Tuesday, July 14, 2015

Jail Breaks and Inertia

Two notable jail breaks recently--the Mexican drug lord and the two cons in Dannemora prison.  In both cases the escape route was a set of passages connecting the jail cell to the outside world.  I don't know how often there are these sorts of escapes, but they've been happening at least since Dumas wrote "The Count of Monte Cristo".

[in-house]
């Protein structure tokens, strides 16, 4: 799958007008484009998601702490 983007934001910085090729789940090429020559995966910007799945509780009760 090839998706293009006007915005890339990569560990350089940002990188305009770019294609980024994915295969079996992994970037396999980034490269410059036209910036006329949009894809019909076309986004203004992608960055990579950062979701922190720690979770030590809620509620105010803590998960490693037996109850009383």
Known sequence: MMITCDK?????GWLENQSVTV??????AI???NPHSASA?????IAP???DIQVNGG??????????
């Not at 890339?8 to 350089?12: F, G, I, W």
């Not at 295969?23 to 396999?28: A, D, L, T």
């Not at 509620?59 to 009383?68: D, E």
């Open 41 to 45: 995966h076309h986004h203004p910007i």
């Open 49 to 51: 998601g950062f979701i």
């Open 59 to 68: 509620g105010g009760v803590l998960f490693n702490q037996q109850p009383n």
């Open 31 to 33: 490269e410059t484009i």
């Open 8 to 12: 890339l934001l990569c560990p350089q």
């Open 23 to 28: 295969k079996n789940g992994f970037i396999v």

It's bureaucratic inertia at work.  The easy way to screw up such plans is simply to move prisoners around to different cells at unpredictable intervals.  Someone can invest the time and energy and willpower to create a passage from a cell to the world only if reasonably assured that they will benefit by it--remove the assurance and they won't invest the effort.  But given that prisons are bureaucracies devoted to maintaining control and order, the idea of creating uncertainty is unthinkable.  (To be fair, such transfers would likely disrupt established social routines within the prison, so might well be more undesirable than an escape every x years.)

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